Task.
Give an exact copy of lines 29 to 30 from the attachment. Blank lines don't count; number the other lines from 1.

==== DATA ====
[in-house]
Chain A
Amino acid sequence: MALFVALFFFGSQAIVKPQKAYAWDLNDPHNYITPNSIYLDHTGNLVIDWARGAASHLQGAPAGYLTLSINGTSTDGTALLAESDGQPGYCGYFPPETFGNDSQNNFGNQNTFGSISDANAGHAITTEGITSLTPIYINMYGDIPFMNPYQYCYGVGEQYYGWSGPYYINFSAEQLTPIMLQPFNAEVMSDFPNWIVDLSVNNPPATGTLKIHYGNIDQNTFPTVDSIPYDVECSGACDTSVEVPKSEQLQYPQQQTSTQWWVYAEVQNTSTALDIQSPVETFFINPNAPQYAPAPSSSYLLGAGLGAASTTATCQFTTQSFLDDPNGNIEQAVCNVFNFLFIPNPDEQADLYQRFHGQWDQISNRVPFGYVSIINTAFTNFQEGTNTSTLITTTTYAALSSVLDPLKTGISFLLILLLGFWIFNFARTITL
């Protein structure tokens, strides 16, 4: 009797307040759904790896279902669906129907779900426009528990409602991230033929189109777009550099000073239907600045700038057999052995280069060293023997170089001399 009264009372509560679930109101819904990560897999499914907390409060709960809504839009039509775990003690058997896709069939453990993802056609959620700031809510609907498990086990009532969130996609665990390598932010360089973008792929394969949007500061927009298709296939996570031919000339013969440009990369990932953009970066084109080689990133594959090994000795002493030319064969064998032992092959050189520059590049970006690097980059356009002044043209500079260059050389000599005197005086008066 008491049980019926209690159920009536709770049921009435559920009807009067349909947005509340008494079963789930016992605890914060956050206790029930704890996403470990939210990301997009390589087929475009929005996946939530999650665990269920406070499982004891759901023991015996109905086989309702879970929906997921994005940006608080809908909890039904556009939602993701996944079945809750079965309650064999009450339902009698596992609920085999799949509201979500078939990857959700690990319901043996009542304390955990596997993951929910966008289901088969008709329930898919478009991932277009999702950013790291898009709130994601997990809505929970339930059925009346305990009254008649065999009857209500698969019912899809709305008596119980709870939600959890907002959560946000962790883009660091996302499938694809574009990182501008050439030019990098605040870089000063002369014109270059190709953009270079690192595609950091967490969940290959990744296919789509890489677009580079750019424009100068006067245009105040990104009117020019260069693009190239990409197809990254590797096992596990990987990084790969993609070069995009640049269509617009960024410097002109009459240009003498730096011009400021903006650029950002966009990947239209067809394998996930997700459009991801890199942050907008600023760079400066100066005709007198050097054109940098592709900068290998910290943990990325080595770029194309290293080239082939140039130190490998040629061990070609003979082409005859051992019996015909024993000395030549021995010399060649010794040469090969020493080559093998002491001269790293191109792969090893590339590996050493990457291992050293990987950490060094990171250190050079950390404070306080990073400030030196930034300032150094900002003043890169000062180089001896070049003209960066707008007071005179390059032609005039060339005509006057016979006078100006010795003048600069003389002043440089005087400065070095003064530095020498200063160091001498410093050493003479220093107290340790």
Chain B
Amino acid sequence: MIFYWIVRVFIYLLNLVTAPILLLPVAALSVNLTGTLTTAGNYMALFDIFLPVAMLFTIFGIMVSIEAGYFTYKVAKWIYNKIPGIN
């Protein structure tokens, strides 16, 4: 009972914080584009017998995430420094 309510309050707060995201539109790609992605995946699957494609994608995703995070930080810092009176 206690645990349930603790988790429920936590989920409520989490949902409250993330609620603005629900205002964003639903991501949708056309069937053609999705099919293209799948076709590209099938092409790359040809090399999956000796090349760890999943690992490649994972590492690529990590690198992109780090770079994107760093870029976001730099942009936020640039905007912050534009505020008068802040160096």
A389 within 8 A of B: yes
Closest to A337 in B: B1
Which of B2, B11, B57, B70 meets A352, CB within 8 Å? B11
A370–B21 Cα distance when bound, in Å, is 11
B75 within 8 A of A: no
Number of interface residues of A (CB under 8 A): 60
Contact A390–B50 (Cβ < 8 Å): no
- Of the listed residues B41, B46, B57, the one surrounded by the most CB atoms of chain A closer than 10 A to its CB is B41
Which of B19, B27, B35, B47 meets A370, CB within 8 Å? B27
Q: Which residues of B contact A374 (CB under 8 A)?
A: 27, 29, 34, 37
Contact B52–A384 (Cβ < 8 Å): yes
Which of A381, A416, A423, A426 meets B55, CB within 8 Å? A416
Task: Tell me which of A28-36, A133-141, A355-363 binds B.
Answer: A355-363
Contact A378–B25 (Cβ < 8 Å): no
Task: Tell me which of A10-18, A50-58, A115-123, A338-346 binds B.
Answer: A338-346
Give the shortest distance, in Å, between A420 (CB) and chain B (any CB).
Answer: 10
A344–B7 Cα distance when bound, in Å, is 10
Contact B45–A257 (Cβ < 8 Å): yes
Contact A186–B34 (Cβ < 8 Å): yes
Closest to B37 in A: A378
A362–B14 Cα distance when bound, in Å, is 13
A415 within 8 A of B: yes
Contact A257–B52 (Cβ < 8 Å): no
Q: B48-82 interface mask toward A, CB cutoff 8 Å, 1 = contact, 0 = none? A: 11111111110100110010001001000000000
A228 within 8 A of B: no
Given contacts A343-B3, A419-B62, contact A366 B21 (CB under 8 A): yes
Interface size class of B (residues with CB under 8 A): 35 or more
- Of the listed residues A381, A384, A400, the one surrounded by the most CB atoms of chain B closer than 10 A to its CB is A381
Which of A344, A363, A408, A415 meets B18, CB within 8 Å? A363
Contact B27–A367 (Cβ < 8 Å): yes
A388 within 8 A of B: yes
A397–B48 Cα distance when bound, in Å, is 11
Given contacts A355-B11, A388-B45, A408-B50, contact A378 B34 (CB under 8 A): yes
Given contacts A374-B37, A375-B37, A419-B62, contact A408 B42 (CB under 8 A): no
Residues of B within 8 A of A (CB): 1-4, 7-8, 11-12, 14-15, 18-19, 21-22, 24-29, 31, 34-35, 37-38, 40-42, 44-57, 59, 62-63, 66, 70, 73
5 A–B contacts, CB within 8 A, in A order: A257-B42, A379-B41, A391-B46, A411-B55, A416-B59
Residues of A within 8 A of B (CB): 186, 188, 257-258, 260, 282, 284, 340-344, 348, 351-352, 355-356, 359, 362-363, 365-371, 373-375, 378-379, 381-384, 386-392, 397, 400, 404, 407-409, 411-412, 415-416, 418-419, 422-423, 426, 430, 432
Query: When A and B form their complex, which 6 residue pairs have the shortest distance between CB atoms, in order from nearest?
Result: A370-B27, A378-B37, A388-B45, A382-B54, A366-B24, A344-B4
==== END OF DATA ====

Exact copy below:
Contact B45–A257 (Cβ < 8 Å): yes
Contact A186–B34 (Cβ < 8 Å): yes